If you’re new to Medicare, understanding the various enrollment periods can be a bit overwhelming. With the Annual Enrollment Period (AEP) coming to a close, two crucial enrollment periods are just around the corner: the General Enrollment Period (GEP) and the Medicare Advantage Open Enrollment Period (MAOEP).
Both run simultaneously from January 1st to March 31st.
First, some background. When you are new to Medicare, you have an Initial Enrollment Period (IEP) that runs for a total of 7 months: 3 months before the month you turn 65, the month you turn 65 and the 3 months following that month.
Example: If your birthday is December 3rd, your IEP starts on September 1st and ends on March 31st.
This is the best time to enroll in Original Medicare (Parts A and B together) because you’ll avoid potential penalty fees and delays in healthcare coverage.
However, if you happen to miss your Initial Enrollment Period (IEP), don’t worry. You get another chance each year during the General Enrollment Period (GEP) to sign up for Medicare Part A and/or Part B. During the GEP, you can only enroll in Medicare Part A and/or Part B.
During this time, you cannot:
- Enroll in a prescription drug plan (Part D)
- Buy a Medicare Advantage plan (Part C)
- Change any existing coverage you might have (like going from one Advantage plan to another or dropping Part D)
- Make any other changes to your coverage
Penalties for Signing Up Late
If you sign up for Parts A and/or B during the General Enrollment Period, you might have to pay extra on your usual premiums – that’s the penalty for signing up late. That’s why it’s a good idea to enroll during your Initial Enrollment Period (IEP).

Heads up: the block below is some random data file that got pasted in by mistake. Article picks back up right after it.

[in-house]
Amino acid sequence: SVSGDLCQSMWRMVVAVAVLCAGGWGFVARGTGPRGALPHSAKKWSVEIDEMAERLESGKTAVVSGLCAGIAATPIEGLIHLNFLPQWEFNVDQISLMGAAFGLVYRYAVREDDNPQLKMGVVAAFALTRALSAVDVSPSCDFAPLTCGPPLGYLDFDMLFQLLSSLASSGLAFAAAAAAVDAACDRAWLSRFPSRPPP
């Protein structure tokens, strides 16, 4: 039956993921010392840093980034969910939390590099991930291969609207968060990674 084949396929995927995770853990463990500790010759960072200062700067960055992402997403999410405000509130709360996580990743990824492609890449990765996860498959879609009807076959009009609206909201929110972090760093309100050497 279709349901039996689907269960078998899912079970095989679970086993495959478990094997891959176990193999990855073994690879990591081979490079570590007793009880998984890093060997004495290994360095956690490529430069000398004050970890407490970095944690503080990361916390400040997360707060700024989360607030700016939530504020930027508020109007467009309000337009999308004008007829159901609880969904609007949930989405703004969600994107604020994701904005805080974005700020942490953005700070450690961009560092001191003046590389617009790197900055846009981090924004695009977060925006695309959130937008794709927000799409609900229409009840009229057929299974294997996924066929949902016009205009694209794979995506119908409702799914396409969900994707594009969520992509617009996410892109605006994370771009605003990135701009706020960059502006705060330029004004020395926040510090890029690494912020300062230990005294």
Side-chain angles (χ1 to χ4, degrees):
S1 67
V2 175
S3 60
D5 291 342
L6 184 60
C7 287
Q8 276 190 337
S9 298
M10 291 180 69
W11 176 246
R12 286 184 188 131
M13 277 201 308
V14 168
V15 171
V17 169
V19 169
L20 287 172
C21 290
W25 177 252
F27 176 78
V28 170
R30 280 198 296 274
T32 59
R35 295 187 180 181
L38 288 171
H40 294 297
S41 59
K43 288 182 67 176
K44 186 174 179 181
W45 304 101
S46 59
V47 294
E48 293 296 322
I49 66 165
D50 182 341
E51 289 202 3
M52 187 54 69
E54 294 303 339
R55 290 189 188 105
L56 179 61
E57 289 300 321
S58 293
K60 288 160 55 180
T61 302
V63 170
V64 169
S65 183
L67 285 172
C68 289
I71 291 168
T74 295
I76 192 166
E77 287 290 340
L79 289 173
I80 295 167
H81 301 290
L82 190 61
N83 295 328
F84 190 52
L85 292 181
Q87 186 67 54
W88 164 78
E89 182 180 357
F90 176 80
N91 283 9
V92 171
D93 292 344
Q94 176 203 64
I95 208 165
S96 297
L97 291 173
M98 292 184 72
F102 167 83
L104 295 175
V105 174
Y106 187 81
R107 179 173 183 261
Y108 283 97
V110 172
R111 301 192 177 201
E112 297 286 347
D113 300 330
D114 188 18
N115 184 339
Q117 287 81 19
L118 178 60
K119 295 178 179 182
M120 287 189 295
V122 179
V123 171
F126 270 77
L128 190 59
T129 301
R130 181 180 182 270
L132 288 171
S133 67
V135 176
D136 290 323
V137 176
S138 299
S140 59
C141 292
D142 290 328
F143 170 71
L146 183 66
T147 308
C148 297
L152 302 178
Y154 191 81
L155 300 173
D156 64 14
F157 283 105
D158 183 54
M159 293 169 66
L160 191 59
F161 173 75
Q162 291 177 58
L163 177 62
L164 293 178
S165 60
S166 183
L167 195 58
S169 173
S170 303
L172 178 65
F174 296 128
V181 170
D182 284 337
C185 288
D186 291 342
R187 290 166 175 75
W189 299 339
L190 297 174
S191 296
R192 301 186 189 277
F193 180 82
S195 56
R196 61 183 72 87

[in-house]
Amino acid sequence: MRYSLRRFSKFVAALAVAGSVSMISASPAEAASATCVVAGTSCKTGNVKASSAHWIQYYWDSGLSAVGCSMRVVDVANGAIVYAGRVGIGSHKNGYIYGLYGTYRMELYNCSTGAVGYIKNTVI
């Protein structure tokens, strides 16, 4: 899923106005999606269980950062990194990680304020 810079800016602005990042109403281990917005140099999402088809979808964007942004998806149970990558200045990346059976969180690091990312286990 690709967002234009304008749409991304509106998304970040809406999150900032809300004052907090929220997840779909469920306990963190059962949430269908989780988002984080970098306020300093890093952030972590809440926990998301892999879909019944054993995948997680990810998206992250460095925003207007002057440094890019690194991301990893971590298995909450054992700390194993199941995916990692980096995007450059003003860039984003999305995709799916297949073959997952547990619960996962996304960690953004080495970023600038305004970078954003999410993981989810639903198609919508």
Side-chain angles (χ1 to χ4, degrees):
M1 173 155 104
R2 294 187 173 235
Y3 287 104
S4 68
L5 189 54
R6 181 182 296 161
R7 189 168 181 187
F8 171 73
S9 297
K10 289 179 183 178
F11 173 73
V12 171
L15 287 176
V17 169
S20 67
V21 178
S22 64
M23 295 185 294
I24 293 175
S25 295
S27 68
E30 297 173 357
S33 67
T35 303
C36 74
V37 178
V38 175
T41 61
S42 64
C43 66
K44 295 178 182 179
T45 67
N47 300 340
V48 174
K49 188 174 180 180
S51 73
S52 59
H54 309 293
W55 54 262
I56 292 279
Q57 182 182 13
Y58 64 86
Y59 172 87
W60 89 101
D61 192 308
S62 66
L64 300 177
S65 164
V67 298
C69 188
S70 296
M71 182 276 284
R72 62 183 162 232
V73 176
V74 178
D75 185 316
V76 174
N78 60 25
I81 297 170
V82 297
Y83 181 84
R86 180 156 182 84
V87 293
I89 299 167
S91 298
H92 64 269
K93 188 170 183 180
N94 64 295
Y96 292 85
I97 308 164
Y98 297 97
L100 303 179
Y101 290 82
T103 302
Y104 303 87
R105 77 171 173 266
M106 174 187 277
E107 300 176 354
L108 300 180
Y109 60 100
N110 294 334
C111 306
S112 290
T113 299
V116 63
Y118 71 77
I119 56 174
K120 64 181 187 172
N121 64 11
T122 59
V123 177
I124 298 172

- Part A Late Enrollment:
If you need to purchase Part A and miss your first Medicare eligibility chance, your monthly premium may increase by 10%. The penalty lasts for twice the number of years you delayed. For example, if you wait 2 years to sign up, you’ll pay a higher premium for 4 years. Special Enrollment Periods may exempt you from penalties – check your eligibility.
- Part B Late Enrollment:
You usually won’t face a Part B penalty with a Special Enrollment Period. Expect an extra 10% for each year you could have enrolled but didn’t. Your income may also affect your premium. Learn more about Special Enrollment Periods for your options here: Special Enrollment Periods | Medicare
During the GEP, there is another period called the Medicare Advantage Open Enrollment Period (MAOEP). The main difference between Medicare Advantage Open Enrollment and General Open Enrollment is who can use each one and what changes you can make.
The Medicare Advantage Open Enrollment Period (MAOEP) lets you:
- Change Medicare Advantage Plans: You must be already enrolled into a Medicare Advantage plan. If both Medicare Advantage plans are offered in your area, you may change from one to another.
- Go Back to Original Medicare: You can drop your Medicare Advantage plan and return to Original Medicare (Parts A and B), with a Part D prescription drug plan. You also have the option to add a Medicare Supplement (Medigap) policy. However, this is not a guaranteed issue. You will most likely have to go through Medical Underwriting.
During this time, You cannot:
- Enroll in Medicare Advantage for the first time if you are currently on Part A and Part B (Original Medicare).
MEDICARE ENROLLMENT PERIODS AT A GLANCE
Understanding and navigating these enrollment periods is crucial for ensuring that you have the right Medicare coverage. If you have any questions or need more information on changing your plan, feel free to reach out to our customer support services.